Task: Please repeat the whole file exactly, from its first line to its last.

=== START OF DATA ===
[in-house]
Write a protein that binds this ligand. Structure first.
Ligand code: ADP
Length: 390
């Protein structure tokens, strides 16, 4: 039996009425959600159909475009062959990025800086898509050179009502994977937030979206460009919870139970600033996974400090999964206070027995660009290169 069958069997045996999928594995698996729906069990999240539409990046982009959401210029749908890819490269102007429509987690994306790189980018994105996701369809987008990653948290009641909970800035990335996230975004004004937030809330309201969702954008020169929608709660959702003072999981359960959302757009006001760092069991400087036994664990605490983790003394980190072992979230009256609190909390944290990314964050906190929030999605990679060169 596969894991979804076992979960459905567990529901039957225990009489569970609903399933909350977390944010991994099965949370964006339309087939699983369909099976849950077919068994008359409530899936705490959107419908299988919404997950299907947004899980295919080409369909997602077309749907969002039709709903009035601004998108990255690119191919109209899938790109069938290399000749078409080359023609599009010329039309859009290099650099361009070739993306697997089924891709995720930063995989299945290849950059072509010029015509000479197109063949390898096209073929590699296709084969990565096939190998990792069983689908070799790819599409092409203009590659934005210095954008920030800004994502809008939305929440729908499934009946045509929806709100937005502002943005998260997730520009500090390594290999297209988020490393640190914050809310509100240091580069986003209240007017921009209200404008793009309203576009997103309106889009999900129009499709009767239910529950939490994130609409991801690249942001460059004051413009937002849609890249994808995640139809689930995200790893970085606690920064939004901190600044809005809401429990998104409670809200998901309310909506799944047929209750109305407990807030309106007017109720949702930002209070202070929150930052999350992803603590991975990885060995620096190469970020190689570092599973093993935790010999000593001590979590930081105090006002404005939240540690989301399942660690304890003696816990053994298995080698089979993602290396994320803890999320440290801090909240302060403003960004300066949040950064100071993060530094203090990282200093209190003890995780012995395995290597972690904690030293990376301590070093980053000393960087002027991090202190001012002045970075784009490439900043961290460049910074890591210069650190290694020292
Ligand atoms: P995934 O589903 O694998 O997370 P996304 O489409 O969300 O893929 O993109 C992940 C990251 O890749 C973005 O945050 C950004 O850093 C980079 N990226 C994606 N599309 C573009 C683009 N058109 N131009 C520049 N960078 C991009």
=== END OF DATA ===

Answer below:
[in-house]
Write a protein that binds this ligand. Structure first.
Ligand code: ADP
Length: 390
């Protein structure tokens, strides 16, 4: 039996009425959600159909475009062959990025800086898509050179009502994977937030979206460009919870139970600033996974400090999964206070027995660009290169 069958069997045996999928594995698996729906069990999240539409990046982009959401210029749908890819490269102007429509987690994306790189980018994105996701369809987008990653948290009641909970800035990335996230975004004004937030809330309201969702954008020169929608709660959702003072999981359960959302757009006001760092069991400087036994664990605490983790003394980190072992979230009256609190909390944290990314964050906190929030999605990679060169 596969894991979804076992979960459905567990529901039957225990009489569970609903399933909350977390944010991994099965949370964006339309087939699983369909099976849950077919068994008359409530899936705490959107419908299988919404997950299907947004899980295919080409369909997602077309749907969002039709709903009035601004998108990255690119191919109209899938790109069938290399000749078409080359023609599009010329039309859009290099650099361009070739993306697997089924891709995720930063995989299945290849950059072509010029015509000479197109063949390898096209073929590699296709084969990565096939190998990792069983689908070799790819599409092409203009590659934005210095954008920030800004994502809008939305929440729908499934009946045509929806709100937005502002943005998260997730520009500090390594290999297209988020490393640190914050809310509100240091580069986003209240007017921009209200404008793009309203576009997103309106889009999900129009499709009767239910529950939490994130609409991801690249942001460059004051413009937002849609890249994808995640139809689930995200790893970085606690920064939004901190600044809005809401429990998104409670809200998901309310909506799944047929209750109305407990807030309106007017109720949702930002209070202070929150930052999350992803603590991975990885060995620096190469970020190689570092599973093993935790010999000593001590979590930081105090006002404005939240540690989301399942660690304890003696816990053994298995080698089979993602290396994320803890999320440290801090909240302060403003960004300066949040950064100071993060530094203090990282200093209190003890995780012995395995290597972690904690030293990376301590070093980053000393960087002027991090202190001012002045970075784009490439900043961290460049910074890591210069650190290694020292
Ligand atoms: P995934 O589903 O694998 O997370 P996304 O489409 O969300 O893929 O993109 C992940 C990251 O890749 C973005 O945050 C950004 O850093 C980079 N990226 C994606 N599309 C573009 C683009 N058109 N131009 C520049 N960078 C991009």